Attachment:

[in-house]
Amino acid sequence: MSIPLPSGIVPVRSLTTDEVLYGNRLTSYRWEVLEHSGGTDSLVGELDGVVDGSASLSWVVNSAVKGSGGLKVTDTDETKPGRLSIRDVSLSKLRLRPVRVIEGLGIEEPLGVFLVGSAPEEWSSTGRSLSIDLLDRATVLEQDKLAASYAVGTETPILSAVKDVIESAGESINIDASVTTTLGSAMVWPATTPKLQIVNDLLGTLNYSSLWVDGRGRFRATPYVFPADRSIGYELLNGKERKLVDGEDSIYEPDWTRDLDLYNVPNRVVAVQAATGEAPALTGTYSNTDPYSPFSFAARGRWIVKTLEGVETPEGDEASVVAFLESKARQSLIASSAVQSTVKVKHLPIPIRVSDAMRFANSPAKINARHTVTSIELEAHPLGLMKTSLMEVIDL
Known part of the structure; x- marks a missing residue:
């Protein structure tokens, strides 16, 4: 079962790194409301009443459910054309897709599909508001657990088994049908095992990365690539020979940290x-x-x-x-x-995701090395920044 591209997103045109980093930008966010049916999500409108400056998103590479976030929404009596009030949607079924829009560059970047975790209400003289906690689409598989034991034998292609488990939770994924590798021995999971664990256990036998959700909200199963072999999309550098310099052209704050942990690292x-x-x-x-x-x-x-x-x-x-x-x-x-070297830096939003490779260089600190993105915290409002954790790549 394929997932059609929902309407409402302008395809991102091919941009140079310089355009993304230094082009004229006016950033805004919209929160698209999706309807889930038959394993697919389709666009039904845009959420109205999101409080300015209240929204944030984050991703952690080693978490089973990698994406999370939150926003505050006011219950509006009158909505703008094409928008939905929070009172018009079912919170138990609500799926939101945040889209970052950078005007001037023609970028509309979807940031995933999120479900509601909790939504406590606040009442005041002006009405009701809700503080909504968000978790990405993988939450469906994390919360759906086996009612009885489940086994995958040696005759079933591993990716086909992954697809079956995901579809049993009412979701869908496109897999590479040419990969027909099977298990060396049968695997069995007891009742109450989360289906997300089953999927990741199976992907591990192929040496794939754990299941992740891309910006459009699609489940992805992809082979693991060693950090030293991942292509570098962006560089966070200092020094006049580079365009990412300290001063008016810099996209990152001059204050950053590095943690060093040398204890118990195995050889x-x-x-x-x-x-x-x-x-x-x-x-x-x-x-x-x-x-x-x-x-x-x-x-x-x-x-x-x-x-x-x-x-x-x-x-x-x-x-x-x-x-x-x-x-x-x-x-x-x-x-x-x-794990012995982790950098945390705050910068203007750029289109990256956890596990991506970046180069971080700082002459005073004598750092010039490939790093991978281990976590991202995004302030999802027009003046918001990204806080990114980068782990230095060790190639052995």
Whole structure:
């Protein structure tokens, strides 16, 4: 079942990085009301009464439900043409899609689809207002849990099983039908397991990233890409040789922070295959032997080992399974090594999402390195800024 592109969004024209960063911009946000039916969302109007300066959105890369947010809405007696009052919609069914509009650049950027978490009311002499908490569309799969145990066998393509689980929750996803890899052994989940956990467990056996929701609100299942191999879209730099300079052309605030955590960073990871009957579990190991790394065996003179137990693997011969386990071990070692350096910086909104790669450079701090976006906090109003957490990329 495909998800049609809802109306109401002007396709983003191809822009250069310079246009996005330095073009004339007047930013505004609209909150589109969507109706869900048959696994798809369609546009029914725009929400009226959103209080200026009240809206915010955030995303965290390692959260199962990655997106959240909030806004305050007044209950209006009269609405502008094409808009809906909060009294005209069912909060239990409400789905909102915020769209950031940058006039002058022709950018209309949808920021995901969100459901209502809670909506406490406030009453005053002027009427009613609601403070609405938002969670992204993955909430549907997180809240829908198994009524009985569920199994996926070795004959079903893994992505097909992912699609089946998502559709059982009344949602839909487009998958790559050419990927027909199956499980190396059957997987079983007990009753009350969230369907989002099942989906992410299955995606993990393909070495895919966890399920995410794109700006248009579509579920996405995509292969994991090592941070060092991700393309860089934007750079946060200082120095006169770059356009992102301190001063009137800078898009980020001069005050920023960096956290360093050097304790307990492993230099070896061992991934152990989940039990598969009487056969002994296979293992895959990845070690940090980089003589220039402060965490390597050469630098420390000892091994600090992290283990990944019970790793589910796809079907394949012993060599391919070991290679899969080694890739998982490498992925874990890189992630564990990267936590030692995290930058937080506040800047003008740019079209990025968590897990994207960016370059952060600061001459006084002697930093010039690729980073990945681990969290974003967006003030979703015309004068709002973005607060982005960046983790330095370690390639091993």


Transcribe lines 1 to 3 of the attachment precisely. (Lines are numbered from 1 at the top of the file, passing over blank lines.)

[in-house]
Amino acid sequence: MSIPLPSGIVPVRSLTTDEVLYGNRLTSYRWEVLEHSGGTDSLVGELDGVVDGSASLSWVVNSAVKGSGGLKVTDTDETKPGRLSIRDVSLSKLRLRPVRVIEGLGIEEPLGVFLVGSAPEEWSSTGRSLSIDLLDRATVLEQDKLAASYAVGTETPILSAVKDVIESAGESINIDASVTTTLGSAMVWPATTPKLQIVNDLLGTLNYSSLWVDGRGRFRATPYVFPADRSIGYELLNGKERKLVDGEDSIYEPDWTRDLDLYNVPNRVVAVQAATGEAPALTGTYSNTDPYSPFSFAARGRWIVKTLEGVETPEGDEASVVAFLESKARQSLIASSAVQSTVKVKHLPIPIRVSDAMRFANSPAKINARHTVTSIELEAHPLGLMKTSLMEVIDL
Known part of the structure; x- marks a missing residue: